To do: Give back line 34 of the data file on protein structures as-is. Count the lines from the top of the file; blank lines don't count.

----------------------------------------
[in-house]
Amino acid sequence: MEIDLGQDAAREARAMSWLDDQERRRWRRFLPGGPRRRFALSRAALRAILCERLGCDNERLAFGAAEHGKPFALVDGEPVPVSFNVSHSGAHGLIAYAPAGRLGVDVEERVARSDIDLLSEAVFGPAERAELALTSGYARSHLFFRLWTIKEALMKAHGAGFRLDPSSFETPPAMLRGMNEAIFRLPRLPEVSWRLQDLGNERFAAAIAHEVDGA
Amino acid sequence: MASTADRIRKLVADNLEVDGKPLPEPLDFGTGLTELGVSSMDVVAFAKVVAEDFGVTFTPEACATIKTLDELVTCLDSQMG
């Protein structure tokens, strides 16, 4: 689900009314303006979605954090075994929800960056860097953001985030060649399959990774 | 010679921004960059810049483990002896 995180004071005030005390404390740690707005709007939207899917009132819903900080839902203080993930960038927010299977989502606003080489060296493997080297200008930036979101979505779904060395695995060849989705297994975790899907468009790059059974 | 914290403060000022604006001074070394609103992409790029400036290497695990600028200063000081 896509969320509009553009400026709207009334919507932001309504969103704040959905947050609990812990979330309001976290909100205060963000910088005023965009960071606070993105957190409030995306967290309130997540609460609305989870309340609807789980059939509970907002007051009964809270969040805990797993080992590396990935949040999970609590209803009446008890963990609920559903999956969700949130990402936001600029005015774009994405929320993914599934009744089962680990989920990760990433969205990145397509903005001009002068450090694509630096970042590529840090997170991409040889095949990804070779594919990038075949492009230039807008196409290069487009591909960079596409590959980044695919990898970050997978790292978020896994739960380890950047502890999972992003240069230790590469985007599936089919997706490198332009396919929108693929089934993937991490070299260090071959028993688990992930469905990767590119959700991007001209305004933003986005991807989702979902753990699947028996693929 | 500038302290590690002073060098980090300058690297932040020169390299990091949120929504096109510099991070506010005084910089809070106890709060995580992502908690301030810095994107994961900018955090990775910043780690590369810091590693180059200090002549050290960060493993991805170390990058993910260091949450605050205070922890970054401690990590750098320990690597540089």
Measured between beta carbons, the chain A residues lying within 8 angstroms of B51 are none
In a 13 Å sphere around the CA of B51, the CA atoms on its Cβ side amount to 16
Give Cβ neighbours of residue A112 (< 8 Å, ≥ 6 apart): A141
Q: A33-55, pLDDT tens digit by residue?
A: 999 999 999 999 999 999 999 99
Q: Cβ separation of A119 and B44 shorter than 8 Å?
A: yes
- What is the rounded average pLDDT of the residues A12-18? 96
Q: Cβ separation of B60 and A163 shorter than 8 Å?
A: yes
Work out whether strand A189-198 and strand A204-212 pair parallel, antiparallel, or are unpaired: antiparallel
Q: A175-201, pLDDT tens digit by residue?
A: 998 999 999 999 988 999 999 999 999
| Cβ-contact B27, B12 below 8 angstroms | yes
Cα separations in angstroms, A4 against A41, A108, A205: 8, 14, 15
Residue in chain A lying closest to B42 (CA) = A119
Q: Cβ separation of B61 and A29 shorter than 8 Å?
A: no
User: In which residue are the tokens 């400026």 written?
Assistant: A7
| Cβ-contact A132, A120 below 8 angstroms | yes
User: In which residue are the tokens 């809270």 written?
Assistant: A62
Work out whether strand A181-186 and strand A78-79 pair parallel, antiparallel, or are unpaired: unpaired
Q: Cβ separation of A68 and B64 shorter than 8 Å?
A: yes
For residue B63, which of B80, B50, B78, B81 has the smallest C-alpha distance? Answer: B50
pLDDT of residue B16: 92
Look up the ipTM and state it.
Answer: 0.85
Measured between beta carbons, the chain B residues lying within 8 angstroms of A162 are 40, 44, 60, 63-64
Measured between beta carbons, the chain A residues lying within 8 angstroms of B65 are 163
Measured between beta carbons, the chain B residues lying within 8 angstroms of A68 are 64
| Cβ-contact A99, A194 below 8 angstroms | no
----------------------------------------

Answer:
Answer: 0.85